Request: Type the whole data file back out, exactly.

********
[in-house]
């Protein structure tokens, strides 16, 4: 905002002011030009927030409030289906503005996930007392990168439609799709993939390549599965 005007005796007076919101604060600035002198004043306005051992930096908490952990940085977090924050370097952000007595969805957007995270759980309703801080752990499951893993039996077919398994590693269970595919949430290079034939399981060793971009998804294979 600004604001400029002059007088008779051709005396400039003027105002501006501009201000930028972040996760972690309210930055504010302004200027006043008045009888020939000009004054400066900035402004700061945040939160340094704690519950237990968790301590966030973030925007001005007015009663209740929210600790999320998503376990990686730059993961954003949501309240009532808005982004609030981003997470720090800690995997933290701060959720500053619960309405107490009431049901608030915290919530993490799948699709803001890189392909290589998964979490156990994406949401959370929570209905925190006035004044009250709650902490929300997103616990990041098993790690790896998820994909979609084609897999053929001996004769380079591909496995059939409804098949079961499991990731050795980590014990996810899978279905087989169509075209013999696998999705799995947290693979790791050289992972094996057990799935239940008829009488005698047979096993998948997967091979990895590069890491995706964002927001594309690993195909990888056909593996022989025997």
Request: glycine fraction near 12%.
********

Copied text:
[in-house]
């Protein structure tokens, strides 16, 4: 905002002011030009927030409030289906503005996930007392990168439609799709993939390549599965 005007005796007076919101604060600035002198004043306005051992930096908490952990940085977090924050370097952000007595969805957007995270759980309703801080752990499951893993039996077919398994590693269970595919949430290079034939399981060793971009998804294979 600004604001400029002059007088008779051709005396400039003027105002501006501009201000930028972040996760972690309210930055504010302004200027006043008045009888020939000009004054400066900035402004700061945040939160340094704690519950237990968790301590966030973030925007001005007015009663209740929210600790999320998503376990990686730059993961954003949501309240009532808005982004609030981003997470720090800690995997933290701060959720500053619960309405107490009431049901608030915290919530993490799948699709803001890189392909290589998964979490156990994406949401959370929570209905925190006035004044009250709650902490929300997103616990990041098993790690790896998820994909979609084609897999053929001996004769380079591909496995059939409804098949079961499991990731050795980590014990996810899978279905087989169509075209013999696998999705799995947290693979790791050289992972094996057990799935239940008829009488005698047979096993998948997967091979990895590069890491995706964002927001594309690993195909990888056909593996022989025997």
Request: glycine fraction near 12%.